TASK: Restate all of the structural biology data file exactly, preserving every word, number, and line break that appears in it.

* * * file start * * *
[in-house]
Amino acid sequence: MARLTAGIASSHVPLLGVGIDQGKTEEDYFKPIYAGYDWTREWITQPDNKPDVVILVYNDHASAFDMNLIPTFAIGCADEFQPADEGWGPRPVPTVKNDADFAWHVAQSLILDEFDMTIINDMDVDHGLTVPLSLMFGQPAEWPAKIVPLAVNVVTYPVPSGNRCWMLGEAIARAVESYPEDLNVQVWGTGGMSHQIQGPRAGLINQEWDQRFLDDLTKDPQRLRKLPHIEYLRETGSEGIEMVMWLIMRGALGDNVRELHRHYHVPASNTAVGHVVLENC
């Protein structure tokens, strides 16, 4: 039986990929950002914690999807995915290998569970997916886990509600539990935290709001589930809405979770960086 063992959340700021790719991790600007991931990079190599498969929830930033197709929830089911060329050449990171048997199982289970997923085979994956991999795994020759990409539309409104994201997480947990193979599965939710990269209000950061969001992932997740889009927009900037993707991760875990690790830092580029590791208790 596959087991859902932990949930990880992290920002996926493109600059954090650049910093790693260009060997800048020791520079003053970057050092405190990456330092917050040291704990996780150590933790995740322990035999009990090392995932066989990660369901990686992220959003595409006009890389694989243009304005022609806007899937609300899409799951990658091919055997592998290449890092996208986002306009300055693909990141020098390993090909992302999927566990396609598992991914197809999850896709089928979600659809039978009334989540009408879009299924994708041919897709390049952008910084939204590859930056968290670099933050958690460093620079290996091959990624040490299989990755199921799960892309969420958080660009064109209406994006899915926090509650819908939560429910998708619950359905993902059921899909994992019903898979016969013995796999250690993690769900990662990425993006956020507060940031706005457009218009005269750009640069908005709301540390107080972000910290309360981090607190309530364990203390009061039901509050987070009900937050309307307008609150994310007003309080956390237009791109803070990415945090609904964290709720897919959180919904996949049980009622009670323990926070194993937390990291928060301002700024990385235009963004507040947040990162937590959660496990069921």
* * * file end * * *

[in-house]
Amino acid sequence: MARLTAGIASSHVPLLGVGIDQGKTEEDYFKPIYAGYDWTREWITQPDNKPDVVILVYNDHASAFDMNLIPTFAIGCADEFQPADEGWGPRPVPTVKNDADFAWHVAQSLILDEFDMTIINDMDVDHGLTVPLSLMFGQPAEWPAKIVPLAVNVVTYPVPSGNRCWMLGEAIARAVESYPEDLNVQVWGTGGMSHQIQGPRAGLINQEWDQRFLDDLTKDPQRLRKLPHIEYLRETGSEGIEMVMWLIMRGALGDNVRELHRHYHVPASNTAVGHVVLENC
């Protein structure tokens, strides 16, 4: 039986990929950002914690999807995915290998569970997916886990509600539990935290709001589930809405979770960086 063992959340700021790719991790600007991931990079190599498969929830930033197709929830089911060329050449990171048997199982289970997923085979994956991999795994020759990409539309409104994201997480947990193979599965939710990269209000950061969001992932997740889009927009900037993707991760875990690790830092580029590791208790 596959087991859902932990949930990880992290920002996926493109600059954090650049910093790693260009060997800048020791520079003053970057050092405190990456330092917050040291704990996780150590933790995740322990035999009990090392995932066989990660369901990686992220959003595409006009890389694989243009304005022609806007899937609300899409799951990658091919055997592998290449890092996208986002306009300055693909990141020098390993090909992302999927566990396609598992991914197809999850896709089928979600659809039978009334989540009408879009299924994708041919897709390049952008910084939204590859930056968290670099933050958690460093620079290996091959990624040490299989990755199921799960892309969420958080660009064109209406994006899915926090509650819908939560429910998708619950359905993902059921899909994992019903898979016969013995796999250690993690769900990662990425993006956020507060940031706005457009218009005269750009640069908005709301540390107080972000910290309360981090607190309530364990203390009061039901509050987070009900937050309307307008609150994310007003309080956390237009791109803070990415945090609904964290709720897919959180919904996949049980009622009670323990926070194993937390990291928060301002700024990385235009963004507040947040990162937590959660496990069921």